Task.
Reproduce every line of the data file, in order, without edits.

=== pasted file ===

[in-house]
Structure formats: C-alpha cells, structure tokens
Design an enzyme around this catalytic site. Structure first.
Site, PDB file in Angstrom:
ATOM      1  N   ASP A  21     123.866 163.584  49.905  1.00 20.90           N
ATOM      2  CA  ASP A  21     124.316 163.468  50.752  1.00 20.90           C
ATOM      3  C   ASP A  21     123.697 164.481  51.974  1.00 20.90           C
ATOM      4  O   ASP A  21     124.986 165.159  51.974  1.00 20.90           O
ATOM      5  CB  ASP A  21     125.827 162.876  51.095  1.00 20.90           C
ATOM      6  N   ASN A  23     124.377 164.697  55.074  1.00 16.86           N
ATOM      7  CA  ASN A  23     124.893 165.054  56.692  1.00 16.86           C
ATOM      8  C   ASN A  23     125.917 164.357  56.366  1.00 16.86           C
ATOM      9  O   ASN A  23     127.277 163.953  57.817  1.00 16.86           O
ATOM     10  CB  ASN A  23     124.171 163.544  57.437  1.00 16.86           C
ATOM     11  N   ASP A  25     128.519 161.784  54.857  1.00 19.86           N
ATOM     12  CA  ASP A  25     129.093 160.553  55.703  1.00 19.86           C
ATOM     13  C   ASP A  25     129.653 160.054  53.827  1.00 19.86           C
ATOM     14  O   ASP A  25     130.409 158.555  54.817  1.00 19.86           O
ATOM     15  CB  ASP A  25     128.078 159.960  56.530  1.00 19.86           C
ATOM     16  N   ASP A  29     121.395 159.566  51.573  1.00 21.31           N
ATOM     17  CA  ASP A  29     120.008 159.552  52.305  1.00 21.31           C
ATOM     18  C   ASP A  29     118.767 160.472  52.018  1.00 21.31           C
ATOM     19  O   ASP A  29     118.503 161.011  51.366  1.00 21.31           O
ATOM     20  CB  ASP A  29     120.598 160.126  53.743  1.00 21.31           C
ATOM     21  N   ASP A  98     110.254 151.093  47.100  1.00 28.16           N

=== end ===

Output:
[in-house]
Structure formats: C-alpha cells, structure tokens
Design an enzyme around this catalytic site. Structure first.
Site, PDB file in Angstrom:
ATOM      1  N   ASP A  21     123.866 163.584  49.905  1.00 20.90           N
ATOM      2  CA  ASP A  21     124.316 163.468  50.752  1.00 20.90           C
ATOM      3  C   ASP A  21     123.697 164.481  51.974  1.00 20.90           C
ATOM      4  O   ASP A  21     124.986 165.159  51.974  1.00 20.90           O
ATOM      5  CB  ASP A  21     125.827 162.876  51.095  1.00 20.90           C
ATOM      6  N   ASN A  23     124.377 164.697  55.074  1.00 16.86           N
ATOM      7  CA  ASN A  23     124.893 165.054  56.692  1.00 16.86           C
ATOM      8  C   ASN A  23     125.917 164.357  56.366  1.00 16.86           C
ATOM      9  O   ASN A  23     127.277 163.953  57.817  1.00 16.86           O
ATOM     10  CB  ASN A  23     124.171 163.544  57.437  1.00 16.86           C
ATOM     11  N   ASP A  25     128.519 161.784  54.857  1.00 19.86           N
ATOM     12  CA  ASP A  25     129.093 160.553  55.703  1.00 19.86           C
ATOM     13  C   ASP A  25     129.653 160.054  53.827  1.00 19.86           C
ATOM     14  O   ASP A  25     130.409 158.555  54.817  1.00 19.86           O
ATOM     15  CB  ASP A  25     128.078 159.960  56.530  1.00 19.86           C
ATOM     16  N   ASP A  29     121.395 159.566  51.573  1.00 21.31           N
ATOM     17  CA  ASP A  29     120.008 159.552  52.305  1.00 21.31           C
ATOM     18  C   ASP A  29     118.767 160.472  52.018  1.00 21.31           C
ATOM     19  O   ASP A  29     118.503 161.011  51.366  1.00 21.31           O
ATOM     20  CB  ASP A  29     120.598 160.126  53.743  1.00 21.31           C
ATOM     21  N   ASP A  98     110.254 151.093  47.100  1.00 28.16           N